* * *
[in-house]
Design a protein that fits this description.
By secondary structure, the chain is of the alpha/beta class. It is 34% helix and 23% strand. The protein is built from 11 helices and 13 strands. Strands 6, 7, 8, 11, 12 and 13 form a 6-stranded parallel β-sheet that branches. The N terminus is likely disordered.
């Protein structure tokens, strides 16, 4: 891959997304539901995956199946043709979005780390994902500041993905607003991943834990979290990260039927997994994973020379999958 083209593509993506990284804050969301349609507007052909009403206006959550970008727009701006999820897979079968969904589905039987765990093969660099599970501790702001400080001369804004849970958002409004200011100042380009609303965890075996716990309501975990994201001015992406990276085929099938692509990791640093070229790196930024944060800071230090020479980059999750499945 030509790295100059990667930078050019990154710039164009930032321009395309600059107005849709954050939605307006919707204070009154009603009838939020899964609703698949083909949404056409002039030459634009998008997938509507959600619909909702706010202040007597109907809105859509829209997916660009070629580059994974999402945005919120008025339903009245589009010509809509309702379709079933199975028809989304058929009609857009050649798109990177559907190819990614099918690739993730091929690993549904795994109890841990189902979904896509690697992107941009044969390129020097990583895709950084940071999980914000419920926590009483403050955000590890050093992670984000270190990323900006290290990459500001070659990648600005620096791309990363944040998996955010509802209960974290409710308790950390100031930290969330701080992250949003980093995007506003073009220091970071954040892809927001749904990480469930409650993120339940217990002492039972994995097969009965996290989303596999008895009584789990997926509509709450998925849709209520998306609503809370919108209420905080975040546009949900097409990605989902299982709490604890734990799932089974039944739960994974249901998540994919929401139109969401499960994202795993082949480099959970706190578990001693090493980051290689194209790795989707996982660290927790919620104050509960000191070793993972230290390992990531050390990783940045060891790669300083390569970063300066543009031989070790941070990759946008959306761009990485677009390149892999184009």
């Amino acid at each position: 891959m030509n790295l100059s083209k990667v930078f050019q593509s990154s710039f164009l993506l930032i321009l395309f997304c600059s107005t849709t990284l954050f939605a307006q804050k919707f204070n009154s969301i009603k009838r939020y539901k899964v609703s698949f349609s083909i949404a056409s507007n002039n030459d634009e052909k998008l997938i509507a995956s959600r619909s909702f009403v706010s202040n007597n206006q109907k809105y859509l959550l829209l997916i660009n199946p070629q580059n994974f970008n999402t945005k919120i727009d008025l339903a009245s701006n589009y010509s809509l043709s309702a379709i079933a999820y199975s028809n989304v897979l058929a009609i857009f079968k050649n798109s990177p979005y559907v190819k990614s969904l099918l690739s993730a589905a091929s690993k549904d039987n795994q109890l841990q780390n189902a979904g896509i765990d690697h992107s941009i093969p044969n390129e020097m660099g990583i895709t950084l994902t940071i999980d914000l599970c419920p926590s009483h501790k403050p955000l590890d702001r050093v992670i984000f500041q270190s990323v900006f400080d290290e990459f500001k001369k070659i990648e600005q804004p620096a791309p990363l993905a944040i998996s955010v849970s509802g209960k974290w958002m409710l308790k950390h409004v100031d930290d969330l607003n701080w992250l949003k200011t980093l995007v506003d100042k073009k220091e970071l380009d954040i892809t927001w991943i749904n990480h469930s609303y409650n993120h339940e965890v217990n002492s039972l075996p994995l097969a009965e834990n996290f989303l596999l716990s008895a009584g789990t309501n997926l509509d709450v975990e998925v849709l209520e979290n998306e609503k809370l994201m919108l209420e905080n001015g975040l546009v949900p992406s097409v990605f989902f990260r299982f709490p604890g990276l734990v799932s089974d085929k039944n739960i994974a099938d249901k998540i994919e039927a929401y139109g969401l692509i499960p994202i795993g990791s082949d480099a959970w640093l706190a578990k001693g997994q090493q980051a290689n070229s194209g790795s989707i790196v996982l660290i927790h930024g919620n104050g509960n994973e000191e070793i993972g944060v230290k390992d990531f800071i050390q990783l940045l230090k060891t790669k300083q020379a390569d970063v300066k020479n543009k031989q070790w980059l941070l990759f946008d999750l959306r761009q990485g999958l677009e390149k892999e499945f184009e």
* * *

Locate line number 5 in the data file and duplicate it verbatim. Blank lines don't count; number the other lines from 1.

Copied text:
């Amino acid at each position: 891959m030509n790295l100059s083209k990667v930078f050019q593509s990154s710039f164009l993506l930032i321009l395309f997304c600059s107005t849709t990284l954050f939605a307006q804050k919707f204070n009154s969301i009603k009838r939020y539901k899964v609703s698949f349609s083909i949404a056409s507007n002039n030459d634009e052909k998008l997938i509507a995956s959600r619909s909702f009403v706010s202040n007597n206006q109907k809105y859509l959550l829209l997916i660009n199946p070629q580059n994974f970008n999402t945005k919120i727009d008025l339903a009245s701006n589009y010509s809509l043709s309702a379709i079933a999820y199975s028809n989304v897979l058929a009609i857009f079968k050649n798109s990177p979005y559907v190819k990614s969904l099918l690739s993730a589905a091929s690993k549904d039987n795994q109890l841990q780390n189902a979904g896509i765990d690697h992107s941009i093969p044969n390129e020097m660099g990583i895709t950084l994902t940071i999980d914000l599970c419920p926590s009483h501790k403050p955000l590890d702001r050093v992670i984000f500041q270190s990323v900006f400080d290290e990459f500001k001369k070659i990648e600005q804004p620096a791309p990363l993905a944040i998996s955010v849970s509802g209960k974290w958002m409710l308790k950390h409004v100031d930290d969330l607003n701080w992250l949003k200011t980093l995007v506003d100042k073009k220091e970071l380009d954040i892809t927001w991943i749904n990480h469930s609303y409650n993120h339940e965890v217990n002492s039972l075996p994995l097969a009965e834990n996290f989303l596999l716990s008895a009584g789990t309501n997926l509509d709450v975990e998925v849709l209520e979290n998306e609503k809370l994201m919108l209420e905080n001015g975040l546009v949900p992406s097409v990605f989902f990260r299982f709490p604890g990276l734990v799932s089974d085929k039944n739960i994974a099938d249901k998540i994919e039927a929401y139109g969401l692509i499960p994202i795993g990791s082949d480099a959970w640093l706190a578990k001693g997994q090493q980051a290689n070229s194209g790795s989707i790196v996982l660290i927790h930024g919620n104050g509960n994973e000191e070793i993972g944060v230290k390992d990531f800071i050390q990783l940045l230090k060891t790669k300083q020379a390569d970063v300066k020479n543009k031989q070790w980059l941070l990759f946008d999750l959306r761009q990485g999958l677009e390149k892999e499945f184009e």